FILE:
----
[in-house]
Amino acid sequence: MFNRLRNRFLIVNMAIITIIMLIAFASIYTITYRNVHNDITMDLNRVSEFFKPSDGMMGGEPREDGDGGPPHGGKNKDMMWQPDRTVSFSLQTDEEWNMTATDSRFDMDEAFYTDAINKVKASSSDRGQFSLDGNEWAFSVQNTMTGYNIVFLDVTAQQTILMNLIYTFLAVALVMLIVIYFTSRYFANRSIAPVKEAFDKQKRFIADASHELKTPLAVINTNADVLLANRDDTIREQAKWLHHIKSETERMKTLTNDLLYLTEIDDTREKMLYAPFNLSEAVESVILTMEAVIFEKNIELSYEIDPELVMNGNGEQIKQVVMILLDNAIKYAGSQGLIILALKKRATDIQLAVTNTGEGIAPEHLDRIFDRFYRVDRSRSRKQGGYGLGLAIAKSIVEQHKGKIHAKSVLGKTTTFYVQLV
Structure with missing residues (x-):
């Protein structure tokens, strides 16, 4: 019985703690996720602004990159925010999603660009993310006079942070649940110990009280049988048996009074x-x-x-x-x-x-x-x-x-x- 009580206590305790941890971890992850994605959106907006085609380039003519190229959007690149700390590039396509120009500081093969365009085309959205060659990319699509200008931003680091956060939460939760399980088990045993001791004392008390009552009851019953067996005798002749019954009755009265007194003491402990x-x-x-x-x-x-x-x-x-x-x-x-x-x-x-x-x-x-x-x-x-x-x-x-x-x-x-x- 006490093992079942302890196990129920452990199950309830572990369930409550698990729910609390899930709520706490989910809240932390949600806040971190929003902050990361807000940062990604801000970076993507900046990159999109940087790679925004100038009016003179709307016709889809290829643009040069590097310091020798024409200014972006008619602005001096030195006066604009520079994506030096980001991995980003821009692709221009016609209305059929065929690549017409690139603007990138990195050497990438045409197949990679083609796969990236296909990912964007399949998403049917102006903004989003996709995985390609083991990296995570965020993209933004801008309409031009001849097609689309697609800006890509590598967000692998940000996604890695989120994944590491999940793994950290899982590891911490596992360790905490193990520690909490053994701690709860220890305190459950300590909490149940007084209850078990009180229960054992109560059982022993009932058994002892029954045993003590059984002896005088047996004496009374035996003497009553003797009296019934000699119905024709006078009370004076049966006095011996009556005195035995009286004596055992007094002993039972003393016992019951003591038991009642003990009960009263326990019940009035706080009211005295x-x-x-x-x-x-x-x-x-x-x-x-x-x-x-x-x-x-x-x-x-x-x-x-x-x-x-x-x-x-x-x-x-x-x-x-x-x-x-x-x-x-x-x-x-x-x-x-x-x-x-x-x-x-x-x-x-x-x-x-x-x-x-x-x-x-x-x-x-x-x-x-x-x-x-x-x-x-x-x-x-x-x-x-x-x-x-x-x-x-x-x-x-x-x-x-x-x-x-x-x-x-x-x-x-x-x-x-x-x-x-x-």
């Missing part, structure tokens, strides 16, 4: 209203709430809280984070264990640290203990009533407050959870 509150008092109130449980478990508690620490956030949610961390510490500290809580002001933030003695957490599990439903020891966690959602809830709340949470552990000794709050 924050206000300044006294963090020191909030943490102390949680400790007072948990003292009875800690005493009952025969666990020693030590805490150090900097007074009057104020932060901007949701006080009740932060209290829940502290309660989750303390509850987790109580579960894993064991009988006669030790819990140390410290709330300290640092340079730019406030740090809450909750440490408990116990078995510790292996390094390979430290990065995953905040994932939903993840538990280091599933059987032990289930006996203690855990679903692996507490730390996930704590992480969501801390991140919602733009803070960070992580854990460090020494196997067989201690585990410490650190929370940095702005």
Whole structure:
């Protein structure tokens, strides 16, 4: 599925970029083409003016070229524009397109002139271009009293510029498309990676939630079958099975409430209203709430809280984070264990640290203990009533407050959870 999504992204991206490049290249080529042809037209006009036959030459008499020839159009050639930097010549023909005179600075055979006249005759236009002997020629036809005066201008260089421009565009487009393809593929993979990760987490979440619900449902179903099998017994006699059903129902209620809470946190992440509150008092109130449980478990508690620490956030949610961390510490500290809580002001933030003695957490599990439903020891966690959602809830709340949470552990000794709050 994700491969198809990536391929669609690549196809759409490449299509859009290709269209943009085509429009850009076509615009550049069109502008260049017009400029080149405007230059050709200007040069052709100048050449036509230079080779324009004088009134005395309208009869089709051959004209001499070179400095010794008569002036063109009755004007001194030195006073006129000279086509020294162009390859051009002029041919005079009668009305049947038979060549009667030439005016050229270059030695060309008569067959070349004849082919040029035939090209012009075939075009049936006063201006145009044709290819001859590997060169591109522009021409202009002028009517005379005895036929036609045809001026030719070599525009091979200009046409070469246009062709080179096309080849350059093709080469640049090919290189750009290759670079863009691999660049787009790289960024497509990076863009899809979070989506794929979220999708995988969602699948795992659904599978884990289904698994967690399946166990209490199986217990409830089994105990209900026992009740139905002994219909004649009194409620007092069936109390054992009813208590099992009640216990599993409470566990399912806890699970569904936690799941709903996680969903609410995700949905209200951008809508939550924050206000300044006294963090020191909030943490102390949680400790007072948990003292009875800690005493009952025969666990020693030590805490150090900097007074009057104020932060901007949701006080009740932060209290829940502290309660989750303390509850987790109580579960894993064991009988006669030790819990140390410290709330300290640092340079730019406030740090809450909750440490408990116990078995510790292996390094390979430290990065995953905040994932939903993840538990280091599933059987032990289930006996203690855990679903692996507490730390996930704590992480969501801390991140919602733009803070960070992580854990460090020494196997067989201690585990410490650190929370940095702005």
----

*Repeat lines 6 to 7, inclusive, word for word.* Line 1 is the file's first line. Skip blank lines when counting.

Whole structure:
């Protein structure tokens, strides 16, 4: 599925970029083409003016070229524009397109002139271009009293510029498309990676939630079958099975409430209203709430809280984070264990640290203990009533407050959870 999504992204991206490049290249080529042809037209006009036959030459008499020839159009050639930097010549023909005179600075055979006249005759236009002997020629036809005066201008260089421009565009487009393809593929993979990760987490979440619900449902179903099998017994006699059903129902209620809470946190992440509150008092109130449980478990508690620490956030949610961390510490500290809580002001933030003695957490599990439903020891966690959602809830709340949470552990000794709050 994700491969198809990536391929669609690549196809759409490449299509859009290709269209943009085509429009850009076509615009550049069109502008260049017009400029080149405007230059050709200007040069052709100048050449036509230079080779324009004088009134005395309208009869089709051959004209001499070179400095010794008569002036063109009755004007001194030195006073006129000279086509020294162009390859051009002029041919005079009668009305049947038979060549009667030439005016050229270059030695060309008569067959070349004849082919040029035939090209012009075939075009049936006063201006145009044709290819001859590997060169591109522009021409202009002028009517005379005895036929036609045809001026030719070599525009091979200009046409070469246009062709080179096309080849350059093709080469640049090919290189750009290759670079863009691999660049787009790289960024497509990076863009899809979070989506794929979220999708995988969602699948795992659904599978884990289904698994967690399946166990209490199986217990409830089994105990209900026992009740139905002994219909004649009194409620007092069936109390054992009813208590099992009640216990599993409470566990399912806890699970569904936690799941709903996680969903609410995700949905209200951008809508939550924050206000300044006294963090020191909030943490102390949680400790007072948990003292009875800690005493009952025969666990020693030590805490150090900097007074009057104020932060901007949701006080009740932060209290829940502290309660989750303390509850987790109580579960894993064991009988006669030790819990140390410290709330300290640092340079730019406030740090809450909750440490408990116990078995510790292996390094390979430290990065995953905040994932939903993840538990280091599933059987032990289930006996203690855990679903692996507490730390996930704590992480969501801390991140919602733009803070960070992580854990460090020494196997067989201690585990410490650190929370940095702005």